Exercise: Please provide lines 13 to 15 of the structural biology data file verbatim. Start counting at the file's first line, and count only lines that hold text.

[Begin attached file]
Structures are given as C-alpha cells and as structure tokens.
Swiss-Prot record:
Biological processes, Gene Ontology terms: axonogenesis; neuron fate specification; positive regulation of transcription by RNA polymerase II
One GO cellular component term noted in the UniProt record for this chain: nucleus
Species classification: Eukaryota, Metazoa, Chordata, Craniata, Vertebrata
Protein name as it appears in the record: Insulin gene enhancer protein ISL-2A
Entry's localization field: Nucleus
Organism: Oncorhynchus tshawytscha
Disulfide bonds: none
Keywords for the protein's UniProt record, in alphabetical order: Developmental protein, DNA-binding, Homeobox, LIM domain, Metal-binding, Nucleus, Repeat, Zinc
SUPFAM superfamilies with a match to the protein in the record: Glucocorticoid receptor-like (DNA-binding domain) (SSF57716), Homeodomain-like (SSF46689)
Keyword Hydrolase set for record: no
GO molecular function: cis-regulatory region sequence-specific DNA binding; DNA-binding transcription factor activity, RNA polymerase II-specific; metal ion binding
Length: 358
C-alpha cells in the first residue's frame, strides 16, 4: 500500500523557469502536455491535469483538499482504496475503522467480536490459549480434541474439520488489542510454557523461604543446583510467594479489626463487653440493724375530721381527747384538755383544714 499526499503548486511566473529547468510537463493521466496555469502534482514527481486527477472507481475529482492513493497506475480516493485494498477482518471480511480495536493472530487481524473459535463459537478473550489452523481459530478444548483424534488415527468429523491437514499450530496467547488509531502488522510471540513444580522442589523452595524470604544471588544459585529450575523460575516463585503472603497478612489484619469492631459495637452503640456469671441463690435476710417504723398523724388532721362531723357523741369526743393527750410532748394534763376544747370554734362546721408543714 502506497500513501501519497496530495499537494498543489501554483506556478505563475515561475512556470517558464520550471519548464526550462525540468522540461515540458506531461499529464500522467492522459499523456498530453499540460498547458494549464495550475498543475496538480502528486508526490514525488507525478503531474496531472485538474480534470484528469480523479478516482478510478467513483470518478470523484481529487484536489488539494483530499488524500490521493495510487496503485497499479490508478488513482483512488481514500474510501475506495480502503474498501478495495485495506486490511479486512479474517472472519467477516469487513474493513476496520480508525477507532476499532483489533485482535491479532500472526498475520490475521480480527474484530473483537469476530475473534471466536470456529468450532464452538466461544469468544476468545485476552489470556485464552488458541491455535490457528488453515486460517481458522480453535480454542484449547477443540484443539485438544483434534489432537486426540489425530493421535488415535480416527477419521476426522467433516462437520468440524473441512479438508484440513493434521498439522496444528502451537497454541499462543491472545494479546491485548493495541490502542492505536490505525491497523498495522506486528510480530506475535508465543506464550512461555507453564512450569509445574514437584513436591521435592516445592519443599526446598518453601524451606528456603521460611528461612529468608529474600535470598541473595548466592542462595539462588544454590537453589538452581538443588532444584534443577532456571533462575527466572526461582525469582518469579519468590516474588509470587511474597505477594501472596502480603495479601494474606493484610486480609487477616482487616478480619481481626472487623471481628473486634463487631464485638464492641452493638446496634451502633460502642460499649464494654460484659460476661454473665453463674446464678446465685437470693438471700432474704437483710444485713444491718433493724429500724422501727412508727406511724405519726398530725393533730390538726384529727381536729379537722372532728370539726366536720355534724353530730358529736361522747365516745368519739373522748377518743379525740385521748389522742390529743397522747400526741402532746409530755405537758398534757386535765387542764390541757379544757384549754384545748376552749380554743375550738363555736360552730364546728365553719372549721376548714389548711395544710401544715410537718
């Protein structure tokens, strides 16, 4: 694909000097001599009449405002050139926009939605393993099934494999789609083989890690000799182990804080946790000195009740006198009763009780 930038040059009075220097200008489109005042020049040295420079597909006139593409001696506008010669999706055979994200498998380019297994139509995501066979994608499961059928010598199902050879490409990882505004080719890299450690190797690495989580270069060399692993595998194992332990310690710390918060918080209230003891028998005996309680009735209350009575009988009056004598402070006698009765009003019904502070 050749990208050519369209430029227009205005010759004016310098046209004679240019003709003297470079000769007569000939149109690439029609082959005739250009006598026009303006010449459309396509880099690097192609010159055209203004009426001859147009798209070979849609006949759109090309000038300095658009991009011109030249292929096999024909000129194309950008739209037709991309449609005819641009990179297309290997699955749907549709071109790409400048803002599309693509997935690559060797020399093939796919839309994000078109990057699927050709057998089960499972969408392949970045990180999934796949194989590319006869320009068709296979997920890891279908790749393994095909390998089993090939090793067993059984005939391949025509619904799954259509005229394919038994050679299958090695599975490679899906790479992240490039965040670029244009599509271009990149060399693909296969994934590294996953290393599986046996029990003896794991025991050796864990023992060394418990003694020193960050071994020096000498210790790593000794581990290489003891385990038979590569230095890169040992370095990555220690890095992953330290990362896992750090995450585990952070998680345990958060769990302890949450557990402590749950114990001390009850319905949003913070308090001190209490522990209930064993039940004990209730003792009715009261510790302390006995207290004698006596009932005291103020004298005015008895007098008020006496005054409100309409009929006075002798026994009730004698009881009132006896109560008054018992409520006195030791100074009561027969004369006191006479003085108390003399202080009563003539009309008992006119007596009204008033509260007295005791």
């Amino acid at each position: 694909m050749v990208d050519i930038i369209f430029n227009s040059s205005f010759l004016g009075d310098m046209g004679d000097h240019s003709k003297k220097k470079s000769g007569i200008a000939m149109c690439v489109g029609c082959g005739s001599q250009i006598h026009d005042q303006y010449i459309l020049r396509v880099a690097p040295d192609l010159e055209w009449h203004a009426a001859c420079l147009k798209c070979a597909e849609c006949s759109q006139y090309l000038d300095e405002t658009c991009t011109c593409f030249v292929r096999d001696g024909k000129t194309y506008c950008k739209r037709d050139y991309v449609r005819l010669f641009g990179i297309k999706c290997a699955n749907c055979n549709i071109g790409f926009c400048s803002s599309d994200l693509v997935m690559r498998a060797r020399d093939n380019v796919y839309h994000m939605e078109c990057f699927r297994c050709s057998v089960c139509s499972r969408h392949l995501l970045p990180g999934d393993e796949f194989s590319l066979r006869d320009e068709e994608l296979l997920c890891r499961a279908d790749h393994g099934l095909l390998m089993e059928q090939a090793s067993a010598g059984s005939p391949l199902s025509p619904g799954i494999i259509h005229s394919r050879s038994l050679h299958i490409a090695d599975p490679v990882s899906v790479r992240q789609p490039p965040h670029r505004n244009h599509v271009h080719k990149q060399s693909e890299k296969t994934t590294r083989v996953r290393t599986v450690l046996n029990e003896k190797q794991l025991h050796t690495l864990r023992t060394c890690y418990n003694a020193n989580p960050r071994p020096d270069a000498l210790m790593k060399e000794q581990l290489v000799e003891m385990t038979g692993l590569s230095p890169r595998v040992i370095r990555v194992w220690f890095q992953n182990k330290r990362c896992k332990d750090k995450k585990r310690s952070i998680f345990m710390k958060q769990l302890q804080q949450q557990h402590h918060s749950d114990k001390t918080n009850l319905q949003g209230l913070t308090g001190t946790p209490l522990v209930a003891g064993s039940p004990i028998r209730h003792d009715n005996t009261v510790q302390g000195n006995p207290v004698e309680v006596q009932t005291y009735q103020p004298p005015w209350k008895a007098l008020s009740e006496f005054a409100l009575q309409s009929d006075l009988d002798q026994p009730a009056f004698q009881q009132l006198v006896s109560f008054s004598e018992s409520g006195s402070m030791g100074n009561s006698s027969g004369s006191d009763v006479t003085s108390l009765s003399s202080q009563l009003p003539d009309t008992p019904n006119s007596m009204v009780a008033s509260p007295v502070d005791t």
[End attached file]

GO molecular function: cis-regulatory region sequence-specific DNA binding; DNA-binding transcription factor activity, RNA polymerase II-specific; metal ion binding
Length: 358
C-alpha cells in the first residue's frame, strides 16, 4: 500500500523557469502536455491535469483538499482504496475503522467480536490459549480434541474439520488489542510454557523461604543446583510467594479489626463487653440493724375530721381527747384538755383544714 499526499503548486511566473529547468510537463493521466496555469502534482514527481486527477472507481475529482492513493497506475480516493485494498477482518471480511480495536493472530487481524473459535463459537478473550489452523481459530478444548483424534488415527468429523491437514499450530496467547488509531502488522510471540513444580522442589523452595524470604544471588544459585529450575523460575516463585503472603497478612489484619469492631459495637452503640456469671441463690435476710417504723398523724388532721362531723357523741369526743393527750410532748394534763376544747370554734362546721408543714 502506497500513501501519497496530495499537494498543489501554483506556478505563475515561475512556470517558464520550471519548464526550462525540468522540461515540458506531461499529464500522467492522459499523456498530453499540460498547458494549464495550475498543475496538480502528486508526490514525488507525478503531474496531472485538474480534470484528469480523479478516482478510478467513483470518478470523484481529487484536489488539494483530499488524500490521493495510487496503485497499479490508478488513482483512488481514500474510501475506495480502503474498501478495495485495506486490511479486512479474517472472519467477516469487513474493513476496520480508525477507532476499532483489533485482535491479532500472526498475520490475521480480527474484530473483537469476530475473534471466536470456529468450532464452538466461544469468544476468545485476552489470556485464552488458541491455535490457528488453515486460517481458522480453535480454542484449547477443540484443539485438544483434534489432537486426540489425530493421535488415535480416527477419521476426522467433516462437520468440524473441512479438508484440513493434521498439522496444528502451537497454541499462543491472545494479546491485548493495541490502542492505536490505525491497523498495522506486528510480530506475535508465543506464550512461555507453564512450569509445574514437584513436591521435592516445592519443599526446598518453601524451606528456603521460611528461612529468608529474600535470598541473595548466592542462595539462588544454590537453589538452581538443588532444584534443577532456571533462575527466572526461582525469582518469579519468590516474588509470587511474597505477594501472596502480603495479601494474606493484610486480609487477616482487616478480619481481626472487623471481628473486634463487631464485638464492641452493638446496634451502633460502642460499649464494654460484659460476661454473665453463674446464678446465685437470693438471700432474704437483710444485713444491718433493724429500724422501727412508727406511724405519726398530725393533730390538726384529727381536729379537722372532728370539726366536720355534724353530730358529736361522747365516745368519739373522748377518743379525740385521748389522742390529743397522747400526741402532746409530755405537758398534757386535765387542764390541757379544757384549754384545748376552749380554743375550738363555736360552730364546728365553719372549721376548714389548711395544710401544715410537718